Wildcats win, but not without early jitters, scare

TUCSON, Ariz. — They Arizona hype machine might need to be turned down a notch.

Whether it was first-game jitters, unfamiliar lineups or any number of other things, for moments Friday night in the season opener at McKale Center, No. 5 Arizona looked a bit out of sorts against visiting Cal Poly.

It got dicey for Sean Miller & Co., with Miller saying it was the type of first game that could have gone either way.

But it went the right way for Arizona, which held on for a 73-62 win to open what may around the program are expecting to be the best year yet under Miller. And remember that he’s already taken the program to an Elite Eight (2011) and a Sweet 16 (2013).

It’s a long season, and Friday night was a good reminder of that.

“Our upside is significant,” Miller said, “but we have so many players in new roles that you can’t expect us to be a great team right now. We’re far from it. We have to work to become it. Hopefully, health will be on our side. Down the road, I do feel you will see a much better team than you saw.”

Arizona is already beset by injuries. Big man Kaleb Tarczewski didn’t start after suffering a hip injury earlier in the week. Miller didn’t like how the 7-footer warmed up, so Gabe York was told 30 minutes before the game he’d be starting. Freshman sensation Aaron Gordon continues to be slowed by a strained groin, and reserve guard Elliott Pitts is out with an injured wrist.

But behind Gordon’s double-double with 13 points and 10 rebounds, the Wildcats pulled away from the Mustangs in the second half. The freshman was one of six Arizona players in double figures along with York (12), Brandon Ashley, Tarczewski and Nick Johnson (11 each) and fellow freshman Rondae Hollis-Jefferson (10).

“Arizona has such an explosive offense, and we did a poor job of getting in the right position to exploit them,” Cal Poly coach Joe Callero said.

Speaking of explosive, all eyes in this one were on Gordon, who many think will be a one-and-done player given the speculation that he’ll be a top-10 pick in next year’s draft. And he garnered attention early in his debut, scoring on a tip-in and following that with a 3-pointer to give Arizona an 11-4 lead.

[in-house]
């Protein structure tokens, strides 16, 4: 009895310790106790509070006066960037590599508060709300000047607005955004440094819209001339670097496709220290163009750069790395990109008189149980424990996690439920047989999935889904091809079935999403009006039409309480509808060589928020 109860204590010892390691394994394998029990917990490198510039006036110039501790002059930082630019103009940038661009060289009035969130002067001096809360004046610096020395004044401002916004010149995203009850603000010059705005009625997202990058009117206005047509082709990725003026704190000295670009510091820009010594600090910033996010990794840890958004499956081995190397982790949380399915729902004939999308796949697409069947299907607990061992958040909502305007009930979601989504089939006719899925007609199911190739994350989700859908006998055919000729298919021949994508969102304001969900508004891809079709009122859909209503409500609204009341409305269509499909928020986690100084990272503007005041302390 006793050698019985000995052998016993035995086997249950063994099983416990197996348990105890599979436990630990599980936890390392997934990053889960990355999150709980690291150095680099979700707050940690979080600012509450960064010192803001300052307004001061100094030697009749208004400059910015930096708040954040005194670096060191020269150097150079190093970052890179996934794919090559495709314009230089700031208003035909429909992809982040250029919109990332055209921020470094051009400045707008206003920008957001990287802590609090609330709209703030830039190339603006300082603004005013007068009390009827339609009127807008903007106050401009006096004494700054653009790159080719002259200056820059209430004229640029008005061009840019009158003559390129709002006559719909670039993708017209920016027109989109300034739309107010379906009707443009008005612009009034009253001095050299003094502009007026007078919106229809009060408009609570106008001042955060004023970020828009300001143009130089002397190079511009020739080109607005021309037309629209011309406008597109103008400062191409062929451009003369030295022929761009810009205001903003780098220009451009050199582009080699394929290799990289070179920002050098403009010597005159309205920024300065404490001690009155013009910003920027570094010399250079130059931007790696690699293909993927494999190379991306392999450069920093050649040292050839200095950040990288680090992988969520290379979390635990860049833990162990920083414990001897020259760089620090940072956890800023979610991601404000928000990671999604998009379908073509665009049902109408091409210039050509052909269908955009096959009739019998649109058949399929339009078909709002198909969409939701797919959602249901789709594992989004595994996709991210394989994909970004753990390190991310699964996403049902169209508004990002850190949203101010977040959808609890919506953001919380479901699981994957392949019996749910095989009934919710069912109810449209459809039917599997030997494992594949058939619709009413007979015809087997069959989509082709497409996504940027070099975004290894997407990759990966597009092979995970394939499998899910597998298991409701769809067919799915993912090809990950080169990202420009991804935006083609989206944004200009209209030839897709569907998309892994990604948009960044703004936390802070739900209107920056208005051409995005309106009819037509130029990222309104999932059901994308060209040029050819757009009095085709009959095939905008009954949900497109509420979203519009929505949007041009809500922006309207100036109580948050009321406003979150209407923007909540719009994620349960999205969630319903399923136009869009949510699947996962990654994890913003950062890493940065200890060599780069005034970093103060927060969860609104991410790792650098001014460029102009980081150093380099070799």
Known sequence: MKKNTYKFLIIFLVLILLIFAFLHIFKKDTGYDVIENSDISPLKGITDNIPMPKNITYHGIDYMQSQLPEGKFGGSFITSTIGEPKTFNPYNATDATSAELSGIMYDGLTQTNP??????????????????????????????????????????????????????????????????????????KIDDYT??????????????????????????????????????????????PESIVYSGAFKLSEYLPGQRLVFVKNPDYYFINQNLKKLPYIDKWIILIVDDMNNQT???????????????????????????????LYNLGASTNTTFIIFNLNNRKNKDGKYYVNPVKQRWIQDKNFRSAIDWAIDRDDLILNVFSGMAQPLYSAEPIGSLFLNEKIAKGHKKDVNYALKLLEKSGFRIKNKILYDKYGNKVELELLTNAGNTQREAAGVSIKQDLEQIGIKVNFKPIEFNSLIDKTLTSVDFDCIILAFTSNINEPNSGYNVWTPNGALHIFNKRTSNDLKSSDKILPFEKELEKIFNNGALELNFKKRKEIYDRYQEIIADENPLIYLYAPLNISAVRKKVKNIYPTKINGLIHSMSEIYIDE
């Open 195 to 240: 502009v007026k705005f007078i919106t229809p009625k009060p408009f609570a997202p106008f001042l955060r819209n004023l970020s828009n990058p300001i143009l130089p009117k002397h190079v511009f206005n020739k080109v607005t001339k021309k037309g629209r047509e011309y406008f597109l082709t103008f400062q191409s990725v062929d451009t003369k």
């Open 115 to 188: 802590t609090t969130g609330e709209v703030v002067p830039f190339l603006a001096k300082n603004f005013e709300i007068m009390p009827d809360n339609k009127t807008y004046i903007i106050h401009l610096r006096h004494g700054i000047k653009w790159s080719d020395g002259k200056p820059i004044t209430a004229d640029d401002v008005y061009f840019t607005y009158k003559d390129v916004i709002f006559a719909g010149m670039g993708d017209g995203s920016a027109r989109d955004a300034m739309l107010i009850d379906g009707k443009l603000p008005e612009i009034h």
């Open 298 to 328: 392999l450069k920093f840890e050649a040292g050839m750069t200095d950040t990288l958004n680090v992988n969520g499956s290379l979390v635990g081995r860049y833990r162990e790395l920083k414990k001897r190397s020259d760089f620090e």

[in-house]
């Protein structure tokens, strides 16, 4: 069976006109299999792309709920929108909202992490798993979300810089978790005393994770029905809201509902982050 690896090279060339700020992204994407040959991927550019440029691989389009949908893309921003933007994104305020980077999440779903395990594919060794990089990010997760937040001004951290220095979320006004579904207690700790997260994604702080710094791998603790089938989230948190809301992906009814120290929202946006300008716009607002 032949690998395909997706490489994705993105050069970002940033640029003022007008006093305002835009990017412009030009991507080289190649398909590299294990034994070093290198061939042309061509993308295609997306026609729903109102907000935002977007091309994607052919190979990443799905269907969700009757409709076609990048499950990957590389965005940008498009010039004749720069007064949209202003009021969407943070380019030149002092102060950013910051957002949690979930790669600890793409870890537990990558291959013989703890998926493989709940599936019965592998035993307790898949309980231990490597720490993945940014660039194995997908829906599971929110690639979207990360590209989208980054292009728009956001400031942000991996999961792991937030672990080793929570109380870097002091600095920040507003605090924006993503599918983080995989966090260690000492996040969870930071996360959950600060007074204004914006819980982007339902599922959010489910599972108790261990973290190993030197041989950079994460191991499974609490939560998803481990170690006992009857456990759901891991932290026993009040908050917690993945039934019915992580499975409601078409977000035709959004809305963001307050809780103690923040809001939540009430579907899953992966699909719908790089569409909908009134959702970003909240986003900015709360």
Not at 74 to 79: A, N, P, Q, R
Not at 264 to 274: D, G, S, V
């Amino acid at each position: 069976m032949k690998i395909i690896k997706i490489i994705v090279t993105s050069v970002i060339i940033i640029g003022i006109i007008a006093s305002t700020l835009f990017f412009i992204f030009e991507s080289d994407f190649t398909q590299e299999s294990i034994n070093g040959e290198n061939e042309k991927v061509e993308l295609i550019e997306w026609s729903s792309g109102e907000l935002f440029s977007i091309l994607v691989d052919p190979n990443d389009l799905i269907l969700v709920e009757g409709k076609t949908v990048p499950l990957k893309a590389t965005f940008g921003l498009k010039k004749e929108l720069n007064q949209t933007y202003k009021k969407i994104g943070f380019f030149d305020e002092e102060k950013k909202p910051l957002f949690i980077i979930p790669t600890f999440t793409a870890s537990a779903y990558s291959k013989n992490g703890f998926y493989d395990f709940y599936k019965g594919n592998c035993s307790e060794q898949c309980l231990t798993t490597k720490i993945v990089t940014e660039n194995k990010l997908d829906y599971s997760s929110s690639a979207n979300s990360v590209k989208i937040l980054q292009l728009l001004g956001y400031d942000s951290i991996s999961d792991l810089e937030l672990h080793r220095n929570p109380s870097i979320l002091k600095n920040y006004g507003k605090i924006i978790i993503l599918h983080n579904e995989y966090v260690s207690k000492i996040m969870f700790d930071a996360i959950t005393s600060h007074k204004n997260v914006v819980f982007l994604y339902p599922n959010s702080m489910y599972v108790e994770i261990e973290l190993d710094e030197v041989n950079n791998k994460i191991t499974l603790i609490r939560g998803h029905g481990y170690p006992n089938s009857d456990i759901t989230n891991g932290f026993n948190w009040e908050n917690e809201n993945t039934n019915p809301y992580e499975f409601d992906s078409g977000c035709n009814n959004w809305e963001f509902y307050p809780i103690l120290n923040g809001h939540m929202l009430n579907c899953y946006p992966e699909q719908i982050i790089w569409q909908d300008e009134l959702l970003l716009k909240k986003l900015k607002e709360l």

A 3-pointer? This from a guy who has been criticized for having a questionable shot?

“I came to Arizona for a reason: to help my jump shot,” Gordon said with a bit of a smirk. “That’s what I’m going to work on, and it feels good right now.

“If I’m open, I’m going to shoot it. There was a point where I wasn’t taking the best shots, but percentages go up when you take the right shots. I’ll take the opportunity when it presents itself and knock it down.”

Arizona did that well enough from the floor, hitting 24 of 42 shots, but was a surprisingly poor 20 of 36 from the free-throw line.

“A lot of unexpected things can happen,” Miller said. “The exciting thing about our team is that we only get better as we keep moving on. We’re not as bad a free-throw shooting team as we showed.”

Gordon, who was 2 of 6 from the line, said that it was just one of those nights at the free-throw line and that he liked how he played. He did admit to being nervous when he first took the court but said it all went away during warmups.

“What I kept telling myself to keep the nerves out was, ‘Basketball is basketball is basketball is basketball,” Gordon said. “No matter at what level you are at or the place you play, basketball will always be the same game. That got my nerves down.”

York, a sophomore, also said he went in confident, figuring that last year’s lack of playing time (5.8 minutes a game) is now in the distant past, although he too admitted to some jitters.

“Like Aaron said, but I’m not going to say all four basketballs like him, but basketball is basketball,” he said, drawing laughter.

For some time, it was hardly a laughing matter. Arizona didn’t have a double-digit lead until 9:47 left in the game, struggling to hit free throws and get into a groove most of the night. And Cal Poly stayed in it by going 11 for 26 from the 3-point line.

“I thought maybe we let them get too many 3-point shots,” said Ashley. “We didn’t play our best perimeter defense at times, but we pressured up and got into them (in the end).”

In the first five minutes, it appeared the Wildcats would run away with it thanks to Gordon, who followed his 3-pointer with a dunk to make it 13-7.

“I think it re-established the fact that I can play this game,” Gordon said. “The team supported me and has complete faith in me. From that point on, it was play as hard as I can. I’m an effort player.”

It did take a while for Arizona, though. Cal Poly went 6 for 12 from 3-point range in the first half, including three consecutive treys to take a 19-17 lead with 12:20 left in the half.

The Wildcats also missed 10 free throws in the first half, which allowed the Mustangs to stay within three at 37-34 at the half before Arizona pulled away down the stretch.

“To be up by three at halftime and going 8 for 18, missing two front ends of a 1-and-1, it’s hard to be up three against Cal Poly,” Miller said. “Cal Poly is a very good team. I feel good about leaving here with a victory, because (Cal Poly) was very worthy.”